Nature Takes Its Course in Rosie Li’s Designs
Rosie Li’s studio, located along an industrial corridor below the Brooklyn Queens Expressway, might be likened to an unconventional modern-day greenhouse, where botanical forms—a hand-pleated copper fan palm, brushed brass laurel leaves, and gingko blossoms—come to life in sculptural lighting pieces. Here, she experiments with modern materials and industrial machinery to explore the relationship between humans and the natural world.
Li’s interest in design and sculpture took root at Rhode Island School of Design, from which she received her BFA in Furniture Design in 2011. While in school, her senior thesis, Stella, a sconce collection—inspired by and named for Frank Stella’s geometric compositions—was picked up by Jason Miller’s lighting company Roll & Hill. Shortly after graduating from RISD, Li landed her first job with Miller. Two years later, she moved onto David Stark Design where she dipped into “experiential design,” a term for large-scale event installations, that gave her the tools to better conceptualize space on a large scale.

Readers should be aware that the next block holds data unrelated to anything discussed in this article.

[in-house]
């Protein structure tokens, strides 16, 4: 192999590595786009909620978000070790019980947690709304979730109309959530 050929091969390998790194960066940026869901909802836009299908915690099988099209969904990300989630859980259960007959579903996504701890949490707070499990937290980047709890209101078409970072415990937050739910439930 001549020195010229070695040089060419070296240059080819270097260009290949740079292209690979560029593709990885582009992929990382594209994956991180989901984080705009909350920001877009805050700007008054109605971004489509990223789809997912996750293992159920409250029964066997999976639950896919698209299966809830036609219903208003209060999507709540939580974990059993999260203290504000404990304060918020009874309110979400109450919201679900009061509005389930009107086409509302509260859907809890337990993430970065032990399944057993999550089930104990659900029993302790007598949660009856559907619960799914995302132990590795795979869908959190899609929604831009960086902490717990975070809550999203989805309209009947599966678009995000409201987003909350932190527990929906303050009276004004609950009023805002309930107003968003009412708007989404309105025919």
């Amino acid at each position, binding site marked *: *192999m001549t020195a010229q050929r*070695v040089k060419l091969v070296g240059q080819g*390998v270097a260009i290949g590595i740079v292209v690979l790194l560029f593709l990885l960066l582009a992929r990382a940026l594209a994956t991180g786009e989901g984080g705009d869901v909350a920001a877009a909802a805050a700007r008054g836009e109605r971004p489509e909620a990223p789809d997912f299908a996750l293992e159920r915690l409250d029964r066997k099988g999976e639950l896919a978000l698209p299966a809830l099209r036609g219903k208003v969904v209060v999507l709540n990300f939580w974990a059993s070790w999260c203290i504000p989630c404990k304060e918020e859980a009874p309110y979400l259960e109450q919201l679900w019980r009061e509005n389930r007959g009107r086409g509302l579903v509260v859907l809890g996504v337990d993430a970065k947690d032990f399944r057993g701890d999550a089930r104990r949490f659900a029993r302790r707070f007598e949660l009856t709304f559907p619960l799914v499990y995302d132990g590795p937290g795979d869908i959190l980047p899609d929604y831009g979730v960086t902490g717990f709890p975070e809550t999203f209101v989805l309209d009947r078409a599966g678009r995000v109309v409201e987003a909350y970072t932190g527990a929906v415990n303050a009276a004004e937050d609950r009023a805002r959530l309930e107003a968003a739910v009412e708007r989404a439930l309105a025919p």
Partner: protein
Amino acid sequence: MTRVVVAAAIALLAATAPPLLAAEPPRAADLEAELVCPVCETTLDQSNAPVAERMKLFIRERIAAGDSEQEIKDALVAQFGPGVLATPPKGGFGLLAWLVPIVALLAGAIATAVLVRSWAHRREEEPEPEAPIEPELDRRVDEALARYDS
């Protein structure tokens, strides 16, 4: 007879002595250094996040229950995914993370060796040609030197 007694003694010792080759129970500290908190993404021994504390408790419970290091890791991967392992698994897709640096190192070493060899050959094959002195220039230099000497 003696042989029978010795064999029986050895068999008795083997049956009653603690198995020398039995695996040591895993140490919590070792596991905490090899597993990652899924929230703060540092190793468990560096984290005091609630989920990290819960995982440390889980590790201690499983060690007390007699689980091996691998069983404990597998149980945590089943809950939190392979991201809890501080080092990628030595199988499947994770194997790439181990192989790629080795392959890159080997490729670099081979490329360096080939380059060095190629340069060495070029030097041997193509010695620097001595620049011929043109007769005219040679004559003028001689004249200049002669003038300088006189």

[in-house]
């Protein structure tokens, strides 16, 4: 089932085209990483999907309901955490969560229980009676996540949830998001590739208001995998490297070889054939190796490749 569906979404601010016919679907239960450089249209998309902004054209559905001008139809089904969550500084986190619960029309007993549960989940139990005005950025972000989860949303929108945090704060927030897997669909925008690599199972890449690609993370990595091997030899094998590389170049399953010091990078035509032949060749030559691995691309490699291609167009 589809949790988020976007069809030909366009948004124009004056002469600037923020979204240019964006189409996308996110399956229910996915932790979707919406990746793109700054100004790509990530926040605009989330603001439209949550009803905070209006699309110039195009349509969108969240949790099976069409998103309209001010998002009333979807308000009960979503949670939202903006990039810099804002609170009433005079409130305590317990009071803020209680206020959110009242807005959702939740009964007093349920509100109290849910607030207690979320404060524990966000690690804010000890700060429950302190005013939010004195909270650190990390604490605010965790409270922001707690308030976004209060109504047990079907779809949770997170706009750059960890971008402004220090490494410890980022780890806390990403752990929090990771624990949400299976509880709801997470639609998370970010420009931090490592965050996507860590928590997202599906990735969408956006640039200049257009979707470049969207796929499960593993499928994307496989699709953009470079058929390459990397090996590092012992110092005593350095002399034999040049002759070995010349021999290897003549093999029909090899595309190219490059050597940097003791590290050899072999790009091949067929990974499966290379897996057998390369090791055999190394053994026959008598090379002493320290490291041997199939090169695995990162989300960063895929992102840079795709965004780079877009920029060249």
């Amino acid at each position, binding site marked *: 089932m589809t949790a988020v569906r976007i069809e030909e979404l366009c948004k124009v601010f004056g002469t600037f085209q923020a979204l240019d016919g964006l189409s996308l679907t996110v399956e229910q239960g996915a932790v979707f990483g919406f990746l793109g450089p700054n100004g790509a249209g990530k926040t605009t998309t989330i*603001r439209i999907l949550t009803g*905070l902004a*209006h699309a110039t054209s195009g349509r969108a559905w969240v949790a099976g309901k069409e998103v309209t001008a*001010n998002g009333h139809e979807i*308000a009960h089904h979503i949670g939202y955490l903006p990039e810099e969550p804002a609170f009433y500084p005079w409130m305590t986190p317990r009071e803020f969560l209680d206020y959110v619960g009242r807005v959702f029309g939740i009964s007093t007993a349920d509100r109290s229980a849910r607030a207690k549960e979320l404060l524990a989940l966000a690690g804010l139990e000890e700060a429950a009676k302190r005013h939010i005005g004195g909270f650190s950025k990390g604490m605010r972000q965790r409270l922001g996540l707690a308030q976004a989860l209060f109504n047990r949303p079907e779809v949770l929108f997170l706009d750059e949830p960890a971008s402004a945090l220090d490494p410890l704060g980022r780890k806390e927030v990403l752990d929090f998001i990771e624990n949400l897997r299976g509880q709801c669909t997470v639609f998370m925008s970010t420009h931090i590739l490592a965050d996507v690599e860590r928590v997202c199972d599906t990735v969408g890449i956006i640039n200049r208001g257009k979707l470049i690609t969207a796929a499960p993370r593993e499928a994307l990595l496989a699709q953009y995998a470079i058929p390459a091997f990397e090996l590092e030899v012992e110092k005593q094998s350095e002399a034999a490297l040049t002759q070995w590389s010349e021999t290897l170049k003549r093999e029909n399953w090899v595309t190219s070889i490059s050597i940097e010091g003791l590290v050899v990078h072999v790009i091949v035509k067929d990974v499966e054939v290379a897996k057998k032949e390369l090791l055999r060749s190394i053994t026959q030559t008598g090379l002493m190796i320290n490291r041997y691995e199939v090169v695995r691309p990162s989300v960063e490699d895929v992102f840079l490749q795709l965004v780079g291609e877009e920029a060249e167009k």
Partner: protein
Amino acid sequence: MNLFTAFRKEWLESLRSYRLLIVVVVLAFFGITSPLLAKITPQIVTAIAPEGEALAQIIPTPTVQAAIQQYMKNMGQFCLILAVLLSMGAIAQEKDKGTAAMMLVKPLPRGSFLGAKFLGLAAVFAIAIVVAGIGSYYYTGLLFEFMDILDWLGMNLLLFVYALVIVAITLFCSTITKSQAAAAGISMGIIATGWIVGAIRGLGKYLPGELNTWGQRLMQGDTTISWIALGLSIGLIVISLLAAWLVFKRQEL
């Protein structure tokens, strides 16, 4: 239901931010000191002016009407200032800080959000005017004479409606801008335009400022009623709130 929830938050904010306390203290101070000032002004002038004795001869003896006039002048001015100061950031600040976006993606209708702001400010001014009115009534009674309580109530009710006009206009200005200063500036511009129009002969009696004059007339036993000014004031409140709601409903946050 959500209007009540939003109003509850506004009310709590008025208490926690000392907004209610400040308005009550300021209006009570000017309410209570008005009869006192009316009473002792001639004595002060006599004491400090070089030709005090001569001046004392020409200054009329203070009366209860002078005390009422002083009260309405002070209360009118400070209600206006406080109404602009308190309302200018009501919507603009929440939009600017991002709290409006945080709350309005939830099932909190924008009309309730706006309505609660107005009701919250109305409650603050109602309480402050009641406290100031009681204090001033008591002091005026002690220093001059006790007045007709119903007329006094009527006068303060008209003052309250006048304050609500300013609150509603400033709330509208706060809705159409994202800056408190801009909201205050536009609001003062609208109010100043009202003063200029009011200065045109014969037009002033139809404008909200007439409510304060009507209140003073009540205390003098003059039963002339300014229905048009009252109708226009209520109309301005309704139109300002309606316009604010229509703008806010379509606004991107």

In 2015, she officially launched her eponymous design practice Rosie Li. Since then, she has released eight unique collections, encompassing table lamps, wall sconces, chandeliers, pendants, and floor lamps—most of which dance somewhere between design and sculpture. Standouts include Laurel, a tribute to the ancient Roman symbol often worn by emperors, and Blossom, a collection of hanging light fixtures reminiscent of the flowering tree branches so common in Spring. Li’s exploration of different geometric forms is most evident in Hesse, which took inspiration from artist Eva Hesse’s structural rope installations, and laid the groundwork for the series Bubbly, an ongoing investigation of cluster formations in nature.
What is next for Rosie? “LED, maybe,” she says. But one thing is for sure, she’ll continue taking a cue from the natural world. “Nature is the best engineer,” she said over the humming of machinery. “We have a lot to learn.”